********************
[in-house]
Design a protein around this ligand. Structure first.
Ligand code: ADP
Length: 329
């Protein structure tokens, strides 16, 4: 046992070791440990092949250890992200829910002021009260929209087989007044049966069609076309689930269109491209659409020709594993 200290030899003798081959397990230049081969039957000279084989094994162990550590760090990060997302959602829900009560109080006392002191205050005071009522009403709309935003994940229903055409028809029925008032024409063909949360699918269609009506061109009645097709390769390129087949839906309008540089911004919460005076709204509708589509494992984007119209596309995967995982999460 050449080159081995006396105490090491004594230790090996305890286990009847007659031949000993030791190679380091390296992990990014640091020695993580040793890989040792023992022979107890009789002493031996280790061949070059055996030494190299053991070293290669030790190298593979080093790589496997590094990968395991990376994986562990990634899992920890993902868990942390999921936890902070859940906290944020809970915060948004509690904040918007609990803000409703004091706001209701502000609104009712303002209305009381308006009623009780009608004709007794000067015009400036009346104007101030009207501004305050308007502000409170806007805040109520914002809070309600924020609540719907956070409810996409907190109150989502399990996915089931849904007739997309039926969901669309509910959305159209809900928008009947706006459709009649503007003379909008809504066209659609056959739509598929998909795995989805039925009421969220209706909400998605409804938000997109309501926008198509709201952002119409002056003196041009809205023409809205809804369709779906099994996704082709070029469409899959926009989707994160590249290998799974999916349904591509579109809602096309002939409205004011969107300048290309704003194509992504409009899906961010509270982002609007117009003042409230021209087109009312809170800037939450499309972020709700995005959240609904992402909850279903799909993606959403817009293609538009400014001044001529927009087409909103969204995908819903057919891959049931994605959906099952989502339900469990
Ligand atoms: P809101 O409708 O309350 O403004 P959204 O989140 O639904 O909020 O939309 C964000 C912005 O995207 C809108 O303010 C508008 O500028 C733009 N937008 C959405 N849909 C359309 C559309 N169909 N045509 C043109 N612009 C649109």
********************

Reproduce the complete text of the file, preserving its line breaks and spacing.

[in-house]
Design a protein around this ligand. Structure first.
Ligand code: ADP
Length: 329
């Protein structure tokens, strides 16, 4: 046992070791440990092949250890992200829910002021009260929209087989007044049966069609076309689930269109491209659409020709594993 200290030899003798081959397990230049081969039957000279084989094994162990550590760090990060997302959602829900009560109080006392002191205050005071009522009403709309935003994940229903055409028809029925008032024409063909949360699918269609009506061109009645097709390769390129087949839906309008540089911004919460005076709204509708589509494992984007119209596309995967995982999460 050449080159081995006396105490090491004594230790090996305890286990009847007659031949000993030791190679380091390296992990990014640091020695993580040793890989040792023992022979107890009789002493031996280790061949070059055996030494190299053991070293290669030790190298593979080093790589496997590094990968395991990376994986562990990634899992920890993902868990942390999921936890902070859940906290944020809970915060948004509690904040918007609990803000409703004091706001209701502000609104009712303002209305009381308006009623009780009608004709007794000067015009400036009346104007101030009207501004305050308007502000409170806007805040109520914002809070309600924020609540719907956070409810996409907190109150989502399990996915089931849904007739997309039926969901669309509910959305159209809900928008009947706006459709009649503007003379909008809504066209659609056959739509598929998909795995989805039925009421969220209706909400998605409804938000997109309501926008198509709201952002119409002056003196041009809205023409809205809804369709779906099994996704082709070029469409899959926009989707994160590249290998799974999916349904591509579109809602096309002939409205004011969107300048290309704003194509992504409009899906961010509270982002609007117009003042409230021209087109009312809170800037939450499309972020709700995005959240609904992402909850279903799909993606959403817009293609538009400014001044001529927009087409909103969204995908819903057919891959049931994605959906099952989502339900469990
Ligand atoms: P809101 O409708 O309350 O403004 P959204 O989140 O639904 O909020 O939309 C964000 C912005 O995207 C809108 O303010 C508008 O500028 C733009 N937008 C959405 N849909 C359309 C559309 N169909 N045509 C043109 N612009 C649109």